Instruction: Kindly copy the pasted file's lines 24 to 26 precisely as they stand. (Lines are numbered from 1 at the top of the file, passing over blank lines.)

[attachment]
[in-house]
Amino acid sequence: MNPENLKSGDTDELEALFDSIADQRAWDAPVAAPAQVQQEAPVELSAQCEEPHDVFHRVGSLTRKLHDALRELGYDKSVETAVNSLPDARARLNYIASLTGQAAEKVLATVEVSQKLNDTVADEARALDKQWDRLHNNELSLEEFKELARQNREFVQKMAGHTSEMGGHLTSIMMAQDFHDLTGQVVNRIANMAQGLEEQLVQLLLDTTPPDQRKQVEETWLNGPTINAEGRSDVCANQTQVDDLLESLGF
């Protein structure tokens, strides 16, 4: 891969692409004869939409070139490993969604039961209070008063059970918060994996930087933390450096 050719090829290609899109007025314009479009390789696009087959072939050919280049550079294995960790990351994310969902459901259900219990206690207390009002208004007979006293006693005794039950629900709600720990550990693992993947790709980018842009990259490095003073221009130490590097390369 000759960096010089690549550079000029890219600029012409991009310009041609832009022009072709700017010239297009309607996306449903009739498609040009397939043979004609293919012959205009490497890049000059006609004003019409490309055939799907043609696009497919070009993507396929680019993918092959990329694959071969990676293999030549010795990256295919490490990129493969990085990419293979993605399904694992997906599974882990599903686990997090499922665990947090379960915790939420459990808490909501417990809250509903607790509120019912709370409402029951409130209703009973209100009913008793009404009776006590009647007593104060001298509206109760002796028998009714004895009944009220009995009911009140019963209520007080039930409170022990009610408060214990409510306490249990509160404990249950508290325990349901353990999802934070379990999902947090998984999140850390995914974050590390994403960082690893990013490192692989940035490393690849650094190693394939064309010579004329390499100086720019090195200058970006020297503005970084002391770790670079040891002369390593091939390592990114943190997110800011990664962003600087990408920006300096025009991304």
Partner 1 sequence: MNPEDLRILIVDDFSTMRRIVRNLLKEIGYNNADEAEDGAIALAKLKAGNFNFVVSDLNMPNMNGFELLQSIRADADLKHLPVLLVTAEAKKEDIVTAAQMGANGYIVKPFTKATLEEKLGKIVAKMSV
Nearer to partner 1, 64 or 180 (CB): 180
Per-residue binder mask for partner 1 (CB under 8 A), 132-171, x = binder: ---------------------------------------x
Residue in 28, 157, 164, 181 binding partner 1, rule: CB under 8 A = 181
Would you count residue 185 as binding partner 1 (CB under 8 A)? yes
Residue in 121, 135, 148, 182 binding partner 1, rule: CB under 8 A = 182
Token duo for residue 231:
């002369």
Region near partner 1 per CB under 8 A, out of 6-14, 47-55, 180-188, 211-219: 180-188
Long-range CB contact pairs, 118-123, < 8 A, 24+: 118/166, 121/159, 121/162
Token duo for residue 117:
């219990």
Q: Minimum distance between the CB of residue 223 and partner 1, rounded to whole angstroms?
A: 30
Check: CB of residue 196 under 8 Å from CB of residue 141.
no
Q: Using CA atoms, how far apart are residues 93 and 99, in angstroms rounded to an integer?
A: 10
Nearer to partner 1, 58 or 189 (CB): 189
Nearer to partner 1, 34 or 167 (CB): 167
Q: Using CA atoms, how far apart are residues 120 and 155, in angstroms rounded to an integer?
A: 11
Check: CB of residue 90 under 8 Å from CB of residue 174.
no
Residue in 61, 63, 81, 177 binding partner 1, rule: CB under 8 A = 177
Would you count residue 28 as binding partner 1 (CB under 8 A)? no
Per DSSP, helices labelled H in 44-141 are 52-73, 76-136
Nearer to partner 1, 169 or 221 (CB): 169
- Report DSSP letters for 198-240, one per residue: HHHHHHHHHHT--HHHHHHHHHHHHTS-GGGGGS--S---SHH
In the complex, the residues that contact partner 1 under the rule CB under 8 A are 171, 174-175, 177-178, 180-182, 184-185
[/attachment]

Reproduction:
Q: Using CA atoms, how far apart are residues 120 and 155, in angstroms rounded to an integer?
A: 11
Check: CB of residue 90 under 8 Å from CB of residue 174.